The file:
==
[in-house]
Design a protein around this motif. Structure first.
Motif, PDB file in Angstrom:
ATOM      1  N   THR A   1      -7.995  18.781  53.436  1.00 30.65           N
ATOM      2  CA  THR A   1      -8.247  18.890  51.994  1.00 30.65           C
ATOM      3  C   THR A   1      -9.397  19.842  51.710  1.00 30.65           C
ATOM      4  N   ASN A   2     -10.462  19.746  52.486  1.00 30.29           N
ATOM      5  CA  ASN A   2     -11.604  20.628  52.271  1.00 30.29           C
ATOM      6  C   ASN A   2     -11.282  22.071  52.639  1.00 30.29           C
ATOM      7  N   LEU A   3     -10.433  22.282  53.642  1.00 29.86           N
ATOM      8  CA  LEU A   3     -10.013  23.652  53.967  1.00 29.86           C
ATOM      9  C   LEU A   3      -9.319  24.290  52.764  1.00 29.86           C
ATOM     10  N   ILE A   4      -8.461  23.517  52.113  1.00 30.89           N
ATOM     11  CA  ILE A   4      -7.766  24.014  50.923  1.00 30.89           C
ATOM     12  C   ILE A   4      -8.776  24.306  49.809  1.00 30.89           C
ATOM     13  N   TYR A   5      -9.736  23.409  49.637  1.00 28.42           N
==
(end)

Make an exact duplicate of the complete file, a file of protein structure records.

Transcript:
[in-house]
Design a protein around this motif. Structure first.
Motif, PDB file in Angstrom:
ATOM      1  N   THR A   1      -7.995  18.781  53.436  1.00 30.65           N
ATOM      2  CA  THR A   1      -8.247  18.890  51.994  1.00 30.65           C
ATOM      3  C   THR A   1      -9.397  19.842  51.710  1.00 30.65           C
ATOM      4  N   ASN A   2     -10.462  19.746  52.486  1.00 30.29           N
ATOM      5  CA  ASN A   2     -11.604  20.628  52.271  1.00 30.29           C
ATOM      6  C   ASN A   2     -11.282  22.071  52.639  1.00 30.29           C
ATOM      7  N   LEU A   3     -10.433  22.282  53.642  1.00 29.86           N
ATOM      8  CA  LEU A   3     -10.013  23.652  53.967  1.00 29.86           C
ATOM      9  C   LEU A   3      -9.319  24.290  52.764  1.00 29.86           C
ATOM     10  N   ILE A   4      -8.461  23.517  52.113  1.00 30.89           N
ATOM     11  CA  ILE A   4      -7.766  24.014  50.923  1.00 30.89           C
ATOM     12  C   ILE A   4      -8.776  24.306  49.809  1.00 30.89           C
ATOM     13  N   TYR A   5      -9.736  23.409  49.637  1.00 28.42           N